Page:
You have to feel sorry for my trusty steed. The poor thing works hard: day after day, mile after mile, back and forth, through wind, rain and cold. It’s not even as if he gets a break when I’m not riding him; no, he just gets slung in the back garden, without any protection from the elements – not even a rain cover. It’s a wonder he doesn’t go on strike.
So I thought it was about time I took him on holiday.
I’d read an article about the Devon coast-to-coast cycle route on the Guardian website a while back. Described as ‘long distance for the laid-back cyclist’, it sounded pretty much perfect. I’d already been to Devon once before, for a friend’s wedding a couple of years ago, and was keen to go back to explore more. Beautiful beaches, rolling hills, quaint villages, cider, cream teas and ice cream – what more could a girl and her bike ask for? So I pumped up the trusty steed’s tyres, cleaned and oiled his chain, packed my panniers and off we went.
The Devon coast-to-coast, or NCN route 27, starts in Ilfracombe in north Devon and finishes in Plymouth on the south coast. In all, the route runs for a little over 100 miles – that is, if you don’t include the extra miles you have to cycle to get to the start of the ride. There’s no train to Ilfracombe and hasn’t been for over 40 years. There’s talk of a ferry service connecting the town to Swansea in Wales, but until that happens the only way to get to Ilfracombe with a bike is to cycle there from Barnstaple. This was slightly frustrating, given then I then had to cycle back through Barnstaple the next day. But it wouldn’t be coast-to-coast if I didn’t start at the coast. And, besides, I knew from my previous trip to Devon how stunning the coastline is – all long sandy beaches and rugged cliffs – and I didn’t want to miss it.
As it turned out, I didn’t want to miss any of the route. I was cycling for four days – one to get to the start, the remaining three to do the ride proper. Much of the route was along disused railway lines, now transformed into traffic-free cycling and walking routes. The longest of these is the Tarka Trail, which runs for 30 miles from Braunton to the village of Petrockstowe. The first part of the trail skirts along the edge of the Taw and Torridge estuaries, before heading inland through lush green woods and river valleys. Here and there were reminders of the trail’s former existence – arched tunnels, old signal boxes, crumbling platforms and the occasional preserved carriage.
Even though it was the middle of the week on an overcast day in June, both the Tarka Trail and the Granite Way, further south between Okehampton and Lydford, were busy with local cyclists and walkers. It was easy to see why – they’re perfect for a safe, easy cycle ride (or walk) in beautiful surroundings. But as much as I appreciated not having to watch out for traffic, after a while I found the ease of it just a little bit monotonous. So I was glad when the route took me out onto country lanes, even though this meant going up a few hills.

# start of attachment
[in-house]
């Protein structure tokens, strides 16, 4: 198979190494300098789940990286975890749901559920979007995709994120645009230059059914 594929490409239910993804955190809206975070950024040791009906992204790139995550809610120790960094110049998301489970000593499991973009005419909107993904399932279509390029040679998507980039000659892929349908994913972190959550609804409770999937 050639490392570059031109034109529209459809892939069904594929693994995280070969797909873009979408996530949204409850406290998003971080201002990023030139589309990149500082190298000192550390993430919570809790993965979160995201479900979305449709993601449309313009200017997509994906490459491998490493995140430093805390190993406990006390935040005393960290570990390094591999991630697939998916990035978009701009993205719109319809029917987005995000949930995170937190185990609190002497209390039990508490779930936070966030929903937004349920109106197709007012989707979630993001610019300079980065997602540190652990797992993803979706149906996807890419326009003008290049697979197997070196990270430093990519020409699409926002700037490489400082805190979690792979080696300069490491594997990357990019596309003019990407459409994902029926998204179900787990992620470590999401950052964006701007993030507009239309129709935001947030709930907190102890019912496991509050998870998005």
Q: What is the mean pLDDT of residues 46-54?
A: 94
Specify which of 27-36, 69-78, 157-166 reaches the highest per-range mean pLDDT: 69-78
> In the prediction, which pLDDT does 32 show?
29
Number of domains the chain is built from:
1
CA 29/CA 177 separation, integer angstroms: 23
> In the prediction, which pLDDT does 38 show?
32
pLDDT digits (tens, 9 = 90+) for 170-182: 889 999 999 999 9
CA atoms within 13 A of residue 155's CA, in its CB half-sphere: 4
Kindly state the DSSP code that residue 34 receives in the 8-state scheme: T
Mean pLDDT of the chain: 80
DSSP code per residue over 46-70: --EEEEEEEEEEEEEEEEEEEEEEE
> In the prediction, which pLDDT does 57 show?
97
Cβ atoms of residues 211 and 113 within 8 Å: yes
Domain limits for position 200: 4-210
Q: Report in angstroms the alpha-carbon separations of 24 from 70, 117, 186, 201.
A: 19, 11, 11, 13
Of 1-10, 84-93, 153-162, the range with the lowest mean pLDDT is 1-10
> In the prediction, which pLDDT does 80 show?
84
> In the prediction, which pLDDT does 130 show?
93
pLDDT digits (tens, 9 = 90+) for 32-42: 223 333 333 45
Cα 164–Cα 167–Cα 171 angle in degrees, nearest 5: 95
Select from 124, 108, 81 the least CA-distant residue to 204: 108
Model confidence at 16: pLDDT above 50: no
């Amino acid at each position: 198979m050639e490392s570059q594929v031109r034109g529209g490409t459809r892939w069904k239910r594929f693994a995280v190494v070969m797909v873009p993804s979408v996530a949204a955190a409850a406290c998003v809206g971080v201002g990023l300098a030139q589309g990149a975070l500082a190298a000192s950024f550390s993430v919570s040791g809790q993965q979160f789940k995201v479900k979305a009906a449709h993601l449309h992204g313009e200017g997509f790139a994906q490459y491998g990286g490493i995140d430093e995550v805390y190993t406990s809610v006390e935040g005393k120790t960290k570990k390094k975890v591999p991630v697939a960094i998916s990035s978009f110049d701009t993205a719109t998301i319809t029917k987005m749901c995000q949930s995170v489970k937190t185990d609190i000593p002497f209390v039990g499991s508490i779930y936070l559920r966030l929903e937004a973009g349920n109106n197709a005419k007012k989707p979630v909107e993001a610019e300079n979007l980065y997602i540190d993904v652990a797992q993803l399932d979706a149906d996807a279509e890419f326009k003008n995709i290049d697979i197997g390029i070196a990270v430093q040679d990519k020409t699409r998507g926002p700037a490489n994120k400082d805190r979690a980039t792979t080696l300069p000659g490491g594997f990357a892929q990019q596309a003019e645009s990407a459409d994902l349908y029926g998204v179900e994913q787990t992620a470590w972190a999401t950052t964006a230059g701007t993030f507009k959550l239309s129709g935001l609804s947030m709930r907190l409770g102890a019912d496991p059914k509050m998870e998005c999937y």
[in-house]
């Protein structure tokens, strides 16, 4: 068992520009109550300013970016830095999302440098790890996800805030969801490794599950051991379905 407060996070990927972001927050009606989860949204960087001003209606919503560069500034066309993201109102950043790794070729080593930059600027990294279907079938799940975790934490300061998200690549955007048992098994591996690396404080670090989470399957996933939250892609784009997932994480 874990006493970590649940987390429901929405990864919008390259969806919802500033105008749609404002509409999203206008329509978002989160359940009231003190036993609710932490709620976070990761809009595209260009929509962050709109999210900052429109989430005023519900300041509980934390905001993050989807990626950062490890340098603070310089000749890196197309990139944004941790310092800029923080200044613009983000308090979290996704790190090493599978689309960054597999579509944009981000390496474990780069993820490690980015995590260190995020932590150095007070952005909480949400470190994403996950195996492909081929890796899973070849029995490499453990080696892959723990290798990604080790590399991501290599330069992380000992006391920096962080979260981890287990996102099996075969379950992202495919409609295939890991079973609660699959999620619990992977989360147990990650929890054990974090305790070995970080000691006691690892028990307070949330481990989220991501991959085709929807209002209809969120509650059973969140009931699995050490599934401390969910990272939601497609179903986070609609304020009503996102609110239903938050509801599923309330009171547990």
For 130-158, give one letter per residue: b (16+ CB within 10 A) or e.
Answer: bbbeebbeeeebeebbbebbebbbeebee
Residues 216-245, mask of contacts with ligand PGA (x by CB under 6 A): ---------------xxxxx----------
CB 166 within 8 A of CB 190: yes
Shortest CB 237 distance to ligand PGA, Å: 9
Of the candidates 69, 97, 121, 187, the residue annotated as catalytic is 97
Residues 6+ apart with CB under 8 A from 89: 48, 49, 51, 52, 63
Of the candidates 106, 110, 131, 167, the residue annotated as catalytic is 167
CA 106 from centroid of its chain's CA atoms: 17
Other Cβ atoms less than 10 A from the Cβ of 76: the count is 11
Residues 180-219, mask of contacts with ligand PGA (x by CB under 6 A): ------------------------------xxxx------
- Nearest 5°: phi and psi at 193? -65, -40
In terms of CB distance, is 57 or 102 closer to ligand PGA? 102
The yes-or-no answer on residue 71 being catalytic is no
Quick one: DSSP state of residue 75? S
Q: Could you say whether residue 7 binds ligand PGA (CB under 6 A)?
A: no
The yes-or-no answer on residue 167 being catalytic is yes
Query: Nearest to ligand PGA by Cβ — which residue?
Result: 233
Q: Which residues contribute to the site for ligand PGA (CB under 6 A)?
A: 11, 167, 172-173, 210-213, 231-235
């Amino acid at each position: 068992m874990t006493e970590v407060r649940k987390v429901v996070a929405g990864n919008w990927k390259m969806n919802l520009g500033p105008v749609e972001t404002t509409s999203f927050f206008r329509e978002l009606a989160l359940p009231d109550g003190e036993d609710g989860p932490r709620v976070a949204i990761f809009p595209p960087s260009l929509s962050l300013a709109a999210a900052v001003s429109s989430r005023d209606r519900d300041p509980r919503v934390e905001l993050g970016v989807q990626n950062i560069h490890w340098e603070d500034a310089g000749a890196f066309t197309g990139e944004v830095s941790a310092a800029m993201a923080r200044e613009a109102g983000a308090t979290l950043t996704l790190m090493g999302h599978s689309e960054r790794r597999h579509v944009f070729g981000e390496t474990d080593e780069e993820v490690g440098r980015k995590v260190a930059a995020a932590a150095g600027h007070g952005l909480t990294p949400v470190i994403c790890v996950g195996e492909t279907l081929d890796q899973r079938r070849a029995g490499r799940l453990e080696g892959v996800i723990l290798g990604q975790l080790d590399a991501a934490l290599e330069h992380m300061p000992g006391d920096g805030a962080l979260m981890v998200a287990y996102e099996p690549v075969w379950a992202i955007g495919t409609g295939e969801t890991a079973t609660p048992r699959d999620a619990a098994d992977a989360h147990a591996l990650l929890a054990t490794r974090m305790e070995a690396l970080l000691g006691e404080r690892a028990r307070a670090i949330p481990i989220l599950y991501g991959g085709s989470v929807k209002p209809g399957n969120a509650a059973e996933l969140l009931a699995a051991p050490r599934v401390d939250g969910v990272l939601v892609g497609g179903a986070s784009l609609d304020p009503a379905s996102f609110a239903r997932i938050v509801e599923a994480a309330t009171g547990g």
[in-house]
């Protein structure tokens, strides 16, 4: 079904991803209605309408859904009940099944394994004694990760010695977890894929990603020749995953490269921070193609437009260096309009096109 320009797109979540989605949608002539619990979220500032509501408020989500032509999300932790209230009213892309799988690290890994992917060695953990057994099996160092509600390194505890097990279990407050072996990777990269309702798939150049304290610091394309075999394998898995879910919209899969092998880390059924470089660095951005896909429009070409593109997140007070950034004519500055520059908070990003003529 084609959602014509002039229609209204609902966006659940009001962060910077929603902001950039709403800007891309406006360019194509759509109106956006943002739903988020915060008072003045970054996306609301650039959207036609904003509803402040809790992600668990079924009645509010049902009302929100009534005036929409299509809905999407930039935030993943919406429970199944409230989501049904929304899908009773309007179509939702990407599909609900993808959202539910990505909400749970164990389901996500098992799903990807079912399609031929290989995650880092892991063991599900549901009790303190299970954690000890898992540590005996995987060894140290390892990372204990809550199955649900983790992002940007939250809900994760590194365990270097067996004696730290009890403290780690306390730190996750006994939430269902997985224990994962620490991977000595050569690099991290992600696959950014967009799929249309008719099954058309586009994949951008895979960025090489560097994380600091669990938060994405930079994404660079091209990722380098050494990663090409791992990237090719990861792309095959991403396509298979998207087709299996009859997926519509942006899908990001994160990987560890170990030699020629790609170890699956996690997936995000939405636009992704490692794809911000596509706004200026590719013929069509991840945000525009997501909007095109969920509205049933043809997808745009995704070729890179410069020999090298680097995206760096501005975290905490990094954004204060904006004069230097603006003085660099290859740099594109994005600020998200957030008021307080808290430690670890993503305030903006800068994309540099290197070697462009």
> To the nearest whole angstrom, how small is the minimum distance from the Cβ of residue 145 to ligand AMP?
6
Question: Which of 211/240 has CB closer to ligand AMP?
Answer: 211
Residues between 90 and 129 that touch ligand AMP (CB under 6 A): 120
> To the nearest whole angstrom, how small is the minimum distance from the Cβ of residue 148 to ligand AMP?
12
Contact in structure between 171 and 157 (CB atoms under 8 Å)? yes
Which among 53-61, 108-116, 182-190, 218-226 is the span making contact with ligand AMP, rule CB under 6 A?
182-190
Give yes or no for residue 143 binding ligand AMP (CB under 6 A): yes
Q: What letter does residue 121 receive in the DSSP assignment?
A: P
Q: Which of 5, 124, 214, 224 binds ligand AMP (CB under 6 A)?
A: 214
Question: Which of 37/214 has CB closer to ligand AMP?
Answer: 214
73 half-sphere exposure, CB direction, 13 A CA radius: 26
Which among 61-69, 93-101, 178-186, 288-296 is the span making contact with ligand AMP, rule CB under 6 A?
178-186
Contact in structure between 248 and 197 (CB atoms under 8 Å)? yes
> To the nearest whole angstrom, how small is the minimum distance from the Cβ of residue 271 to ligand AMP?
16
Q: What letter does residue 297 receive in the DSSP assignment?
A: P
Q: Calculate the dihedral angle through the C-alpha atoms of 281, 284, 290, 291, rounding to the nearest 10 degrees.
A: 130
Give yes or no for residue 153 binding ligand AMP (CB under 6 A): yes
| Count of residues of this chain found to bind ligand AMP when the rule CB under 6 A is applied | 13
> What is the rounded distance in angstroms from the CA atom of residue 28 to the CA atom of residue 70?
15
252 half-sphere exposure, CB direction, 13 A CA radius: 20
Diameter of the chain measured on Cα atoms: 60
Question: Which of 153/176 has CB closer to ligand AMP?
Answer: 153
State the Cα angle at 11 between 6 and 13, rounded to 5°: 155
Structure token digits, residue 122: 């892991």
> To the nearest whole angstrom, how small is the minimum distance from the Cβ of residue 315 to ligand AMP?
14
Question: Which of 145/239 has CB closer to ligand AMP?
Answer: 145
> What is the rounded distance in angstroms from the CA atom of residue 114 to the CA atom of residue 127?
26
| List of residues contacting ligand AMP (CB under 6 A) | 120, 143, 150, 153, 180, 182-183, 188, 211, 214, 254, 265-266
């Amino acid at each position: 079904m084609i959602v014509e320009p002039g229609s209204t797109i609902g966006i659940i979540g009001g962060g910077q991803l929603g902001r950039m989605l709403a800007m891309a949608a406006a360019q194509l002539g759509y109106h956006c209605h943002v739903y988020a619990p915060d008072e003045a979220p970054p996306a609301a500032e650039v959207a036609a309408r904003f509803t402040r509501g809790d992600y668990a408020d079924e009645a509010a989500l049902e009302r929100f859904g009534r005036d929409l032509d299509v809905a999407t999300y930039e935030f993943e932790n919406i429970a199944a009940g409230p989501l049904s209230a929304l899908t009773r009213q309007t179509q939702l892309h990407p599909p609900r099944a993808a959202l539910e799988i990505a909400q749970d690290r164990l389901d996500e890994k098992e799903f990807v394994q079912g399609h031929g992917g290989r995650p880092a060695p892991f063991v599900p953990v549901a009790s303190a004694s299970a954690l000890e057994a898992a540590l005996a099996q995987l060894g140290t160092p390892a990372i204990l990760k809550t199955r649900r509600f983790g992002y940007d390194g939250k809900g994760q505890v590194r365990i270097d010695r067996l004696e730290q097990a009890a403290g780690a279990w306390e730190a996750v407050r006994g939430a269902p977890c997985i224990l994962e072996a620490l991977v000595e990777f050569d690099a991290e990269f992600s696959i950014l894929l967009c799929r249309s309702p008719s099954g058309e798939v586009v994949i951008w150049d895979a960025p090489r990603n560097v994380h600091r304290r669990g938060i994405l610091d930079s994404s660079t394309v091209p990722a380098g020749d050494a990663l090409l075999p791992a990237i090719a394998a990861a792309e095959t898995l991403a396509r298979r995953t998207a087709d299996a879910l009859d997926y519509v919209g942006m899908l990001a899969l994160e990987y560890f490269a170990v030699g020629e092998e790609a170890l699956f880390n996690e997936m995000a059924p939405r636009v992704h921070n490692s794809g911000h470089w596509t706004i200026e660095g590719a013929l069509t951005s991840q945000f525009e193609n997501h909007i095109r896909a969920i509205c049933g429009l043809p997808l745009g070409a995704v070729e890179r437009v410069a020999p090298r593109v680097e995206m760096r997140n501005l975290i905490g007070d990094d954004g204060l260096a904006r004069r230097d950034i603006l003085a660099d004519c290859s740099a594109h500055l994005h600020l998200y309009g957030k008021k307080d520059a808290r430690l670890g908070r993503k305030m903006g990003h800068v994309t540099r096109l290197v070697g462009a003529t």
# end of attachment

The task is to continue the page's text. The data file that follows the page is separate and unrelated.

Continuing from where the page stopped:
Yes, hills. Never again will I complain about the hills in London. They’re not hills – not like the ones in Devon. It’s not as if the hills in Devon are particularly high – the Peak District it is not – but they’re relentless. No sooner had I gone down one that I went up one. I grew to distrust those wonderful freewheeling downhills, as I knew what would be coming next. I had to use gears I’d never known even existed before. On more than one occasion I was in lowest gear and wishing I could go lower.
There were times when I thought I could cycle no more; that the next hill was going to be my last. But I kept on going and, in the end, came to actually enjoy those hills. Through them, I felt connected to my surroundings in a way I would never have done if I’d just gone through it in a car. When I reached my bed every evening – in Ilfracombe, Great Torrington and Lydford – I felt a huge sense of achievement at having made it.
Cycling through those country lanes meant I saw places I wouldn’t have done had I not been on my bike. I stopped in villages I would never otherwise have stopped in, had they not been there when I was hungry, needed the loo or had to refill my water bottle. But most importantly, I felt a sense of peacefulness that I never can in London.
There’s one moment that sticks in my mind. I had stopped on an old viaduct just north of Lydford. The walls either side of the trail were high, too high for me to see over without standing on something. So I got off my trusty steed and clambered onto a bench – and was rewarded with a view over the surrounding countryside that went on for miles and miles. All I could see was fields, woods and moorland, and all I could hear was the sound of sheep bleating and the wind rustling in the trees. I was completely and utterly alone – and it felt wonderful.
But enough about me. This was, after all, meant to be the trusty steed’s holiday as well. What did he think about it? Well, he’s not much of a talker, but I haven’t heard any complaints from him. In fact, I think he’s quite looking forward to the next holiday.